The ignorance and the clumsiness which make bourgeois politicians look so ridiculous help to provide the digital utopia that everything that can be digitalized has to be freely available with plausibility and persuasiveness. Attempts to yet again limit internet freedom and to punish too overtly aggressive protagonists (like the sharehoster megaupload some years ago) are highly symbolic and typical rearguard actions. Even if these battles should stretch over the next couple of years, the combatants are fighting a lost cause. The cultural practice of the internet can never be fenced in again in order to protect the property privileges of the few who may still be influential but are also entirely out of convincing arguments that go beyond their vested interest which they want to see acknowledged once more at everybody else's cost. Cultural practice and the user's requirements cannot be legally contained. Past attempts of legal prohibition have clearly shown that: alcohol prohibition, illegalization of drugs, etc.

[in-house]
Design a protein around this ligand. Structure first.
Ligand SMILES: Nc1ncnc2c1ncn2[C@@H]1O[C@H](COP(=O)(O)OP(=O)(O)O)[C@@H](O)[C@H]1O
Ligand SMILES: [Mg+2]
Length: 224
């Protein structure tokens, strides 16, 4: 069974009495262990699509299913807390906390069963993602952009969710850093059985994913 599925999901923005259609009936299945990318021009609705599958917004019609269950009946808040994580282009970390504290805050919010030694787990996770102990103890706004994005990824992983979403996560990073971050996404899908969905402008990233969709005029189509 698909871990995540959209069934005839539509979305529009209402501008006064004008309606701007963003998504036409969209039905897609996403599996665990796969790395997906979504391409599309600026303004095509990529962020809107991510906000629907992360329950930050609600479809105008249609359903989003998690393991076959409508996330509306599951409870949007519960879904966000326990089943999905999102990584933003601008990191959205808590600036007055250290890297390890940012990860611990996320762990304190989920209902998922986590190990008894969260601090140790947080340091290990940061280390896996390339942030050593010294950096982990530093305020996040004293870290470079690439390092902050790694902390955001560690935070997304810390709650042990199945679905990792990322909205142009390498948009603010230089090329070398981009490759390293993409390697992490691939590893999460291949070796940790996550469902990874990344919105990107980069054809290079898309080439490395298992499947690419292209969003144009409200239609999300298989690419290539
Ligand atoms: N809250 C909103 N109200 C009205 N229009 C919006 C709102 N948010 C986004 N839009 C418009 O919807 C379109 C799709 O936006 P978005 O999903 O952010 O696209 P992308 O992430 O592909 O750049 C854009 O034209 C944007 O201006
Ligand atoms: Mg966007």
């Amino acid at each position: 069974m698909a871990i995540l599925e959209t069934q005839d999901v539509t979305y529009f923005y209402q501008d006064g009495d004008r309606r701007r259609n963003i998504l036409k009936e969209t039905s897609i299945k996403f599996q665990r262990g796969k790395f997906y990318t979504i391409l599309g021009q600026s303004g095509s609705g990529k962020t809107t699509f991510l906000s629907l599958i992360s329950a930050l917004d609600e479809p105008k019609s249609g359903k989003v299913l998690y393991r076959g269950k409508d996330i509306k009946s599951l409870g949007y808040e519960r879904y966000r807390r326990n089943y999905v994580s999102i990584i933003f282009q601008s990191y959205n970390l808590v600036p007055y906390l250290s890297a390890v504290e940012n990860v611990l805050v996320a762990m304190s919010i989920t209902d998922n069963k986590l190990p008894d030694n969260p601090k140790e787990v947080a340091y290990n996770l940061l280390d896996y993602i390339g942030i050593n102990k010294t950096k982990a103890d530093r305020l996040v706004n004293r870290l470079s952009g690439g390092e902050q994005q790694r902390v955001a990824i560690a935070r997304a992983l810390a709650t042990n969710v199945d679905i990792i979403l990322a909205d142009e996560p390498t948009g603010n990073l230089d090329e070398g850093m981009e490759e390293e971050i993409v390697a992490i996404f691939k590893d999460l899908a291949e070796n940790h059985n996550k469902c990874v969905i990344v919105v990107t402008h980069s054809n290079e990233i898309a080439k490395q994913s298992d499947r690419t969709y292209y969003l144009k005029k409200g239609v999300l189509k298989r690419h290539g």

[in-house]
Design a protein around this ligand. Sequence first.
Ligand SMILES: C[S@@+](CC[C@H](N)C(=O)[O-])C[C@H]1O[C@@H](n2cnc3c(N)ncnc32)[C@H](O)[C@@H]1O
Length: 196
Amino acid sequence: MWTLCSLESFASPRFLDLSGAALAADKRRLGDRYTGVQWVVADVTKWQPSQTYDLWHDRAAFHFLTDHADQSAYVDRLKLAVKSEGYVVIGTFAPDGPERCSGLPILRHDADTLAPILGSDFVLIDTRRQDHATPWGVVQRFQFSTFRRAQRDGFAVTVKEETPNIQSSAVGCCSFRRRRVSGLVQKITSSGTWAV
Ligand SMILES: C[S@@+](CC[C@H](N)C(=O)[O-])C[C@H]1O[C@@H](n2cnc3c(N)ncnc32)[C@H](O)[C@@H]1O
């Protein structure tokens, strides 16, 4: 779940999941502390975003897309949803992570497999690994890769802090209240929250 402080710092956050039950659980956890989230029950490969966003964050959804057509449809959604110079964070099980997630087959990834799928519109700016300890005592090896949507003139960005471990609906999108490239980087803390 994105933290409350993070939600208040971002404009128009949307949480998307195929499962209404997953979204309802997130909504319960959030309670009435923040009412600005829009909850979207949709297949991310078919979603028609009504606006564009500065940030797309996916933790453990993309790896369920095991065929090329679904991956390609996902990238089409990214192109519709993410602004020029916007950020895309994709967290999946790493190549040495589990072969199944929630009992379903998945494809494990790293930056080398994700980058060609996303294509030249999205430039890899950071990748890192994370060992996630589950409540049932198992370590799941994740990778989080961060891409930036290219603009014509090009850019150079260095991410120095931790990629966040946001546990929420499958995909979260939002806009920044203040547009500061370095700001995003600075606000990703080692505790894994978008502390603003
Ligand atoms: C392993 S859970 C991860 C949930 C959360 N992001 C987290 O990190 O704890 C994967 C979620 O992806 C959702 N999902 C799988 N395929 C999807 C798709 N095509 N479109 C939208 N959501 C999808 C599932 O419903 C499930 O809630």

Besides, where digital freedom is scheduled to be limited for the sake of the profit margins of the entertainment industry, we only see deceleration battles supposed to buy the time which will be necessary to adapt the production of cultural goods to the new technical situation. This has been neglected – and not for the first time – until the entertainment industry slipped into the crisis which is now causing it to call for draconian measures. But in the long run these will not give them an edge of course.